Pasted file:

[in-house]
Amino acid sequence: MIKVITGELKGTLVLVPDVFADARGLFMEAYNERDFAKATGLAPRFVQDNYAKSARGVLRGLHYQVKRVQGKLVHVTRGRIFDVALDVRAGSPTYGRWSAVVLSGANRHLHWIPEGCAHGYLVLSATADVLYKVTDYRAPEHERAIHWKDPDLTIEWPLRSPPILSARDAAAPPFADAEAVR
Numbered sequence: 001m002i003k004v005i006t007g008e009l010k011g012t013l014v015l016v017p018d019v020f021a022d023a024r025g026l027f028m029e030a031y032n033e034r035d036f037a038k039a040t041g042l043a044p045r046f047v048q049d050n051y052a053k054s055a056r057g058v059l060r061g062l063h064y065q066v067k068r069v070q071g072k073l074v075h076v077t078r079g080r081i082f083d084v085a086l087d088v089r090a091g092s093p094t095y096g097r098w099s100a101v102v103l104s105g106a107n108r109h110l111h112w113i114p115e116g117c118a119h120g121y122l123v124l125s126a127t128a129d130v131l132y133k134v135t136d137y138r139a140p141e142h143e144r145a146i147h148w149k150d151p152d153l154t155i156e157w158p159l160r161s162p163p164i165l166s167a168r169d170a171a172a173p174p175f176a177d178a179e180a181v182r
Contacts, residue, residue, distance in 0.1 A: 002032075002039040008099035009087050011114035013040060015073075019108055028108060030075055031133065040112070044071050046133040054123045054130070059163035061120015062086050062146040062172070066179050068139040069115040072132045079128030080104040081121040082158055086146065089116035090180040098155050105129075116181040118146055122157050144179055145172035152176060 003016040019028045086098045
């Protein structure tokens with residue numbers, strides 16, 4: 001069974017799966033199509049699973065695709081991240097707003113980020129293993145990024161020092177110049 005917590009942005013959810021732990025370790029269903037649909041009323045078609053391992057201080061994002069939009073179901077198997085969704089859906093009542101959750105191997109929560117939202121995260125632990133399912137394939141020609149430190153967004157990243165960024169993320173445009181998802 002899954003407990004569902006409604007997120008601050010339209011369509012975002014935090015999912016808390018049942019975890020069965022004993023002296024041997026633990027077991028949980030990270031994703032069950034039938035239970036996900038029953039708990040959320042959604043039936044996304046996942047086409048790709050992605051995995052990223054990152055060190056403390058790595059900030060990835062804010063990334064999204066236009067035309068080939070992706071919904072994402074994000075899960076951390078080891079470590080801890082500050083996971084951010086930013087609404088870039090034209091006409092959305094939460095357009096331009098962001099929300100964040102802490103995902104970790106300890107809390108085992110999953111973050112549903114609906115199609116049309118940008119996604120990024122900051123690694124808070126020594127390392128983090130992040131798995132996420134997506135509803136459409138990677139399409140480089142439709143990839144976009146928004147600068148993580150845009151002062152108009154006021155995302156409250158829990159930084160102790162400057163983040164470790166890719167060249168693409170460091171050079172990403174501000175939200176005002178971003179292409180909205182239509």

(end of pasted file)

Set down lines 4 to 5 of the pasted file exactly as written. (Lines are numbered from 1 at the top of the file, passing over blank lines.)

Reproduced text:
Contacts, residue, residue, distance in 0.1 A: 002032075002039040008099035009087050011114035013040060015073075019108055028108060030075055031133065040112070044071050046133040054123045054130070059163035061120015062086050062146040062172070066179050068139040069115040072132045079128030080104040081121040082158055086146065089116035090180040098155050105129075116181040118146055122157050144179055145172035152176060 003016040019028045086098045
């Protein structure tokens with residue numbers, strides 16, 4: 001069974017799966033199509049699973065695709081991240097707003113980020129293993145990024161020092177110049 005917590009942005013959810021732990025370790029269903037649909041009323045078609053391992057201080061994002069939009073179901077198997085969704089859906093009542101959750105191997109929560117939202121995260125632990133399912137394939141020609149430190153967004157990243165960024169993320173445009181998802 002899954003407990004569902006409604007997120008601050010339209011369509012975002014935090015999912016808390018049942019975890020069965022004993023002296024041997026633990027077991028949980030990270031994703032069950034039938035239970036996900038029953039708990040959320042959604043039936044996304046996942047086409048790709050992605051995995052990223054990152055060190056403390058790595059900030060990835062804010063990334064999204066236009067035309068080939070992706071919904072994402074994000075899960076951390078080891079470590080801890082500050083996971084951010086930013087609404088870039090034209091006409092959305094939460095357009096331009098962001099929300100964040102802490103995902104970790106300890107809390108085992110999953111973050112549903114609906115199609116049309118940008119996604120990024122900051123690694124808070126020594127390392128983090130992040131798995132996420134997506135509803136459409138990677139399409140480089142439709143990839144976009146928004147600068148993580150845009151002062152108009154006021155995302156409250158829990159930084160102790162400057163983040164470790166890719167060249168693409170460091171050079172990403174501000175939200176005002178971003179292409180909205182239509």